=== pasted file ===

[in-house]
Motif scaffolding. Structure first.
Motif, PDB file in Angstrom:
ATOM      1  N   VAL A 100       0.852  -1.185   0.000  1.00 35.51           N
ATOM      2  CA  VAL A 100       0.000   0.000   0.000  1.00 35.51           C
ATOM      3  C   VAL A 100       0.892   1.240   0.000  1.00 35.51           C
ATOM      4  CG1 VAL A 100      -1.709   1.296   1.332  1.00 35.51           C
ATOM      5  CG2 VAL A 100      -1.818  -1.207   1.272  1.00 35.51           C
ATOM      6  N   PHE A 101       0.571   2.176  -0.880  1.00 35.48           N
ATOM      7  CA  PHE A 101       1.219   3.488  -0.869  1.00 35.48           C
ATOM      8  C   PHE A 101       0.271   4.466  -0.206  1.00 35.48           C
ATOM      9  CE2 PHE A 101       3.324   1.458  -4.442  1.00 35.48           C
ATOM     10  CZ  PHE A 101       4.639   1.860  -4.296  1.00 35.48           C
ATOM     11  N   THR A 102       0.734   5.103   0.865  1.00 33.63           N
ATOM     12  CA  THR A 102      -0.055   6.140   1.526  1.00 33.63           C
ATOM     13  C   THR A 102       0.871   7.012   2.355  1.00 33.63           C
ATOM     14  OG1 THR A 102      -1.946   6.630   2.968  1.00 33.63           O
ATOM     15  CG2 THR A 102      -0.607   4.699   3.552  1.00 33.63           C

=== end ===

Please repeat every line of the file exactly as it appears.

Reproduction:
[in-house]
Motif scaffolding. Structure first.
Motif, PDB file in Angstrom:
ATOM      1  N   VAL A 100       0.852  -1.185   0.000  1.00 35.51           N
ATOM      2  CA  VAL A 100       0.000   0.000   0.000  1.00 35.51           C
ATOM      3  C   VAL A 100       0.892   1.240   0.000  1.00 35.51           C
ATOM      4  CG1 VAL A 100      -1.709   1.296   1.332  1.00 35.51           C
ATOM      5  CG2 VAL A 100      -1.818  -1.207   1.272  1.00 35.51           C
ATOM      6  N   PHE A 101       0.571   2.176  -0.880  1.00 35.48           N
ATOM      7  CA  PHE A 101       1.219   3.488  -0.869  1.00 35.48           C
ATOM      8  C   PHE A 101       0.271   4.466  -0.206  1.00 35.48           C
ATOM      9  CE2 PHE A 101       3.324   1.458  -4.442  1.00 35.48           C
ATOM     10  CZ  PHE A 101       4.639   1.860  -4.296  1.00 35.48           C
ATOM     11  N   THR A 102       0.734   5.103   0.865  1.00 33.63           N
ATOM     12  CA  THR A 102      -0.055   6.140   1.526  1.00 33.63           C
ATOM     13  C   THR A 102       0.871   7.012   2.355  1.00 33.63           C
ATOM     14  OG1 THR A 102      -1.946   6.630   2.968  1.00 33.63           O
ATOM     15  CG2 THR A 102      -0.607   4.699   3.552  1.00 33.63           C